The Bayonne School District has received a donation of two modular electrostatic disinfection systems (MEDS) from Frontline Innovations to disinfect buses, according to Superintendent of Schools John Niesz.
Bayonne-based Frontline Innovations works with McCabe Ambulance. Chief Mike McCabe explained how McCabe Ambulance was fighting the spread of COVID-19 by disinfecting ambulances with electrostatic spray between the transport of each patient.
At the Jan. 26 open workshop before the Board of Education meeting, Niesz said the the devices will be installed on two school buses. He met with Frontline Innovations and McCabe Ambulance last week and witnessed the system in action.
“MEDS is a disinfection system utilizing patented electro static spray technology,” Niesz said. “The spray system is perfect for ambulances, professional medical spaces, and mass transit systems.”
Each unit is equipped with an electrostatic nozzle, a compressor, and a pressurized tank. The internally mounted system disinfects spaces with the flip of a switch. The system turns on when the vehicle is empty.
“So I actually saw them use it,” Niesz said. “They flipped a switch, and it disinfects the entire ambulance in less than a minute.”
The system charges the disinfectant spray as it is ejected from the nozzle. The charged droplets repel each other and seek out surfaces, sticking to and coating all sides of the interior. The disinfectant spray quickly air dries.
“For the flu season, it actually works perfect for that as well,” Niesz said. “Let’s get back to the days when we only had to worry about the flu.”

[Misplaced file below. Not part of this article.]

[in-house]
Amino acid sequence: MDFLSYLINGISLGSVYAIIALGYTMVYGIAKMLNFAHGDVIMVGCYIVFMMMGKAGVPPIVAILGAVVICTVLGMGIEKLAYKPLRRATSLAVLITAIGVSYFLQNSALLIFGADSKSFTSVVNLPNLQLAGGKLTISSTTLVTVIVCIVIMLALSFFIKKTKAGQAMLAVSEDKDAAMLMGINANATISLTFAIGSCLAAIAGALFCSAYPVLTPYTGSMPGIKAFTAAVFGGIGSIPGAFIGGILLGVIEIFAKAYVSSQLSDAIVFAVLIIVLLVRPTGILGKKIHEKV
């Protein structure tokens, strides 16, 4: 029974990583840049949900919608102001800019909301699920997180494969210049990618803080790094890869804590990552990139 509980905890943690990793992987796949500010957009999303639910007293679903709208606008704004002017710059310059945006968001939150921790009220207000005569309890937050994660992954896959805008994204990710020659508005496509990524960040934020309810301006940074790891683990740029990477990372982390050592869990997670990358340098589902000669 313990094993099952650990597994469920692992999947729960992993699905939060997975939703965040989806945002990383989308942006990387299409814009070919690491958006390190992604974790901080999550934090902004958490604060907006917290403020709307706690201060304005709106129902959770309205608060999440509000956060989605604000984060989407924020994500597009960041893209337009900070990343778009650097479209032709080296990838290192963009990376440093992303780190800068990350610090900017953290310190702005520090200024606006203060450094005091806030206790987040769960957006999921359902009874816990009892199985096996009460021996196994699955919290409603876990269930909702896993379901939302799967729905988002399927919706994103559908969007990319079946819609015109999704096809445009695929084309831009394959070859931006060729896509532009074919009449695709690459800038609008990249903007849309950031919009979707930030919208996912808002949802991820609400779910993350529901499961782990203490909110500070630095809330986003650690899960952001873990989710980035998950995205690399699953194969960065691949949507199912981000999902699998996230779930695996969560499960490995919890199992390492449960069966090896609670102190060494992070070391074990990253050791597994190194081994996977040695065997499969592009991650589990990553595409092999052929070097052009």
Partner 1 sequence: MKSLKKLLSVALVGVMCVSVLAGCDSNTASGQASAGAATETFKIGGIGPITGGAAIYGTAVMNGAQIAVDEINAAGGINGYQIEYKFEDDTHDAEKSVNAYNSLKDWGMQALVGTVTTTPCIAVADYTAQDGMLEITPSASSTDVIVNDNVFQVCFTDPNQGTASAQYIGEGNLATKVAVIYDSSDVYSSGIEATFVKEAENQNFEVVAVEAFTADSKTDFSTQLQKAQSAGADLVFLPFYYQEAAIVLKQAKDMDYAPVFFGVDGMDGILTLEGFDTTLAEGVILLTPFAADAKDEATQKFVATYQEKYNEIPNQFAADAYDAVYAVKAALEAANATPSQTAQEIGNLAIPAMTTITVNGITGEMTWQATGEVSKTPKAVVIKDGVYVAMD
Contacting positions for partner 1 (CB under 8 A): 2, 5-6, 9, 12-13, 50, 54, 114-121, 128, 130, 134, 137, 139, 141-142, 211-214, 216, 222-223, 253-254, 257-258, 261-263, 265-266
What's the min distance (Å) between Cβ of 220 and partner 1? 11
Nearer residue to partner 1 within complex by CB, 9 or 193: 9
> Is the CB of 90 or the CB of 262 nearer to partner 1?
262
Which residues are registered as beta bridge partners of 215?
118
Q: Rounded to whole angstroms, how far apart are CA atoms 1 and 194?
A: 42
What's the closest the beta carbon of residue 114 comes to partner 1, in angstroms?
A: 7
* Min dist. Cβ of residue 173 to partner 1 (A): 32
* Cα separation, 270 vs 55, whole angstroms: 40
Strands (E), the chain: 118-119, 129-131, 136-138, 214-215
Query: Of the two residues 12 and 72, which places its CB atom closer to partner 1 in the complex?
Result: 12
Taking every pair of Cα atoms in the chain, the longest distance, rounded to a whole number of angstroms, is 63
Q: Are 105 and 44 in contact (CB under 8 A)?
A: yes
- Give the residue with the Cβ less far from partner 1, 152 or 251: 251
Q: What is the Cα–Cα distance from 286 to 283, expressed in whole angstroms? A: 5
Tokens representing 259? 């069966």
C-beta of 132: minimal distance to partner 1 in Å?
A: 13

Niesz said the system can be used in all 24 of the district’s buses, and suggested it be used in classrooms.
First in the world?
“We would be the first in New Jersey, I think the first in the world actually, to have this system in our buses,” Niesz said.
The system costs the district nothing, according to Niesz. He recommended the board adopt the resolution to accept the donation and allow Frontline Innovations and McCabe Ambulance to set it up and try it in two buses.
“They’re going to try it, set it up, install, provide the chemicals, everything for us for these two buses,” Niesz said. “Let’s see how it works, and this can be a game-changer.”
He said that the installation of the MEDS system is part of the district’s plans to eventually transition back to hybrid or in-person instruction.
“This is tremendous and will help us get back to school sooner than later,” Niesz said.
Board of Education President Maria Valado thanked Frontline Innovations for the donation.
“For us, moving forward it will help our children get back to school,” Valado said.
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